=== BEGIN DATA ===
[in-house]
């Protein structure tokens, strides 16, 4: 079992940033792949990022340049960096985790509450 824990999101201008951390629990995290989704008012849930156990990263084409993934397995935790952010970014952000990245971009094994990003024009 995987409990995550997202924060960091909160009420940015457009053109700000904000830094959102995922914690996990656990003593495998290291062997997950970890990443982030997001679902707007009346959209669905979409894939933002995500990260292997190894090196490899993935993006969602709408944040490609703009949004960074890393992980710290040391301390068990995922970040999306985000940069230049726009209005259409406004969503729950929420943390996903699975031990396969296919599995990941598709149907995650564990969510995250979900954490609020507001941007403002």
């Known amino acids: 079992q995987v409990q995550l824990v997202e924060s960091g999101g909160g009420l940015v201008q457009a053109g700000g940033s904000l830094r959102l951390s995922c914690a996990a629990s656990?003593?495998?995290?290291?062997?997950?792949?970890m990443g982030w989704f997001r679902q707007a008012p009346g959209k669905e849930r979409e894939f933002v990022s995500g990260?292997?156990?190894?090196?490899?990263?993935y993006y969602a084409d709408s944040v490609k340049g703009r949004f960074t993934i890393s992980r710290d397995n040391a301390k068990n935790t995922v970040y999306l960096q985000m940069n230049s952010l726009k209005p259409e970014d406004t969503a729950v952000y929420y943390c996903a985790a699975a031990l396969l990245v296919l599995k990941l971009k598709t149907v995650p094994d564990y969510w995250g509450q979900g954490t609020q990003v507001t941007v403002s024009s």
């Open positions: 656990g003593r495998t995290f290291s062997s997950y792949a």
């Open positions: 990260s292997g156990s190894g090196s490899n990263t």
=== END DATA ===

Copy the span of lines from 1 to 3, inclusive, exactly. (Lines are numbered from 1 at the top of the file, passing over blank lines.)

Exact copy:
[in-house]
């Protein structure tokens, strides 16, 4: 079992940033792949990022340049960096985790509450 824990999101201008951390629990995290989704008012849930156990990263084409993934397995935790952010970014952000990245971009094994990003024009 995987409990995550997202924060960091909160009420940015457009053109700000904000830094959102995922914690996990656990003593495998290291062997997950970890990443982030997001679902707007009346959209669905979409894939933002995500990260292997190894090196490899993935993006969602709408944040490609703009949004960074890393992980710290040391301390068990995922970040999306985000940069230049726009209005259409406004969503729950929420943390996903699975031990396969296919599995990941598709149907995650564990969510995250979900954490609020507001941007403002």
């Known amino acids: 079992q995987v409990q995550l824990v997202e924060s960091g999101g909160g009420l940015v201008q457009a053109g700000g940033s904000l830094r959102l951390s995922c914690a996990a629990s656990?003593?495998?995290?290291?062997?997950?792949?970890m990443g982030w989704f997001r679902q707007a008012p009346g959209k669905e849930r979409e894939f933002v990022s995500g990260?292997?156990?190894?090196?490899?990263?993935y993006y969602a084409d709408s944040v490609k340049g703009r949004f960074t993934i890393s992980r710290d397995n040391a301390k068990n935790t995922v970040y999306l960096q985000m940069n230049s952010l726009k209005p259409e970014d406004t969503a729950v952000y929420y943390c996903a985790a699975a031990l396969l990245v296919l599995k990941l971009k598709t149907v995650p094994d564990y969510w995250g509450q979900g954490t609020q990003v507001t941007v403002s024009s």